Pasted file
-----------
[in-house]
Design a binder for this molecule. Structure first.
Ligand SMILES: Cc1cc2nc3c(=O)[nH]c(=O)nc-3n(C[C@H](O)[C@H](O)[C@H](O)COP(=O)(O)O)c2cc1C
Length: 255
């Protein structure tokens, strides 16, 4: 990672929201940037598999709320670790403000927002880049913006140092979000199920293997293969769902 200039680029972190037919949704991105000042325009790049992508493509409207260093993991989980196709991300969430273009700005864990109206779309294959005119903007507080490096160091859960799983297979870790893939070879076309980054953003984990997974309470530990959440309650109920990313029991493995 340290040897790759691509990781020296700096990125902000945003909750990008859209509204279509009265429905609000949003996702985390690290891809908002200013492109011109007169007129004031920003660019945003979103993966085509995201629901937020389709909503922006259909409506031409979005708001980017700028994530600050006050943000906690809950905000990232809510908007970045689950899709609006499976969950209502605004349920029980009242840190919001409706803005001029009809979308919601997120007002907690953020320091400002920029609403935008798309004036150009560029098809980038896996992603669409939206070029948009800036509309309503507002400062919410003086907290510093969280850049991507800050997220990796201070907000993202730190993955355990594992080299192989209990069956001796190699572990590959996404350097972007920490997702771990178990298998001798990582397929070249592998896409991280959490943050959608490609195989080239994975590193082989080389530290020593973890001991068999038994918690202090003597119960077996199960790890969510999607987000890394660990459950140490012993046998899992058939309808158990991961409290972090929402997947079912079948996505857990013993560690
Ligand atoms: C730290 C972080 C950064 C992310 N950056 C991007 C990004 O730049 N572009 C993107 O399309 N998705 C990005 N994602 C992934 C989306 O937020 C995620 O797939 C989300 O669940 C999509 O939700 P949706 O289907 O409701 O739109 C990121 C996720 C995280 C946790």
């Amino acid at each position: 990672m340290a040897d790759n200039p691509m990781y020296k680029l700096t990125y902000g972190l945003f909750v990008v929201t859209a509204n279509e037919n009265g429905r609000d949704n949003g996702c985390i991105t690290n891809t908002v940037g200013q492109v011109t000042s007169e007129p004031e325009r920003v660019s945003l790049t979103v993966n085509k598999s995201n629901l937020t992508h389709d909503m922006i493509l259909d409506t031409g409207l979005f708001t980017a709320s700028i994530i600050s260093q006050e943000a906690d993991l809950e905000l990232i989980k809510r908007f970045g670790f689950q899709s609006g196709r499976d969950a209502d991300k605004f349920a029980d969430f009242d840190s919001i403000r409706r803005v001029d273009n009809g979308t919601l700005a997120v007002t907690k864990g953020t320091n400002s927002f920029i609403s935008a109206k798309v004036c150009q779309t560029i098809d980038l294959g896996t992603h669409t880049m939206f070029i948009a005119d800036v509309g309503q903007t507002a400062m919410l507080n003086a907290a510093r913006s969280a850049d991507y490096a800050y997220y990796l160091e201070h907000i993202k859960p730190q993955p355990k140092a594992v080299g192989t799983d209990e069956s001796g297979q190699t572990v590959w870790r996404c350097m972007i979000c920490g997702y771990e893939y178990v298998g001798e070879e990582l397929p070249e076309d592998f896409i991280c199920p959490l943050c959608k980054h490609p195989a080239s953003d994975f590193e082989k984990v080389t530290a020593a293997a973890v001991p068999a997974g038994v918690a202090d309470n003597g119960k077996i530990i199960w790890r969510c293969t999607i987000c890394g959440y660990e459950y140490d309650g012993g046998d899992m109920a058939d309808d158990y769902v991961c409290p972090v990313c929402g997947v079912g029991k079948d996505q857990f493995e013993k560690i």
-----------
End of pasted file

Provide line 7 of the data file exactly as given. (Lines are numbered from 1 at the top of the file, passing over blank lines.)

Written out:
């Amino acid at each position: 990672m340290a040897d790759n200039p691509m990781y020296k680029l700096t990125y902000g972190l945003f909750v990008v929201t859209a509204n279509e037919n009265g429905r609000d949704n949003g996702c985390i991105t690290n891809t908002v940037g200013q492109v011109t000042s007169e007129p004031e325009r920003v660019s945003l790049t979103v993966n085509k598999s995201n629901l937020t992508h389709d909503m922006i493509l259909d409506t031409g409207l979005f708001t980017a709320s700028i994530i600050s260093q006050e943000a906690d993991l809950e905000l990232i989980k809510r908007f970045g670790f689950q899709s609006g196709r499976d969950a209502d991300k605004f349920a029980d969430f009242d840190s919001i403000r409706r803005v001029d273009n009809g979308t919601l700005a997120v007002t907690k864990g953020t320091n400002s927002f920029i609403s935008a109206k798309v004036c150009q779309t560029i098809d980038l294959g896996t992603h669409t880049m939206f070029i948009a005119d800036v509309g309503q903007t507002a400062m919410l507080n003086a907290a510093r913006s969280a850049d991507y490096a800050y997220y990796l160091e201070h907000i993202k859960p730190q993955p355990k140092a594992v080299g192989t799983d209990e069956s001796g297979q190699t572990v590959w870790r996404c350097m972007i979000c920490g997702y771990e893939y178990v298998g001798e070879e990582l397929p070249e076309d592998f896409i991280c199920p959490l943050c959608k980054h490609p195989a080239s953003d994975f590193e082989k984990v080389t530290a020593a293997a973890v001991p068999a997974g038994v918690a202090d309470n003597g119960k077996i530990i199960w790890r969510c293969t999607i987000c890394g959440y660990e459950y140490d309650g012993g046998d899992m109920a058939d309808d158990y769902v991961c409290p972090v990313c929402g997947v079912g029991k079948d996505q857990f493995e013993k560690i």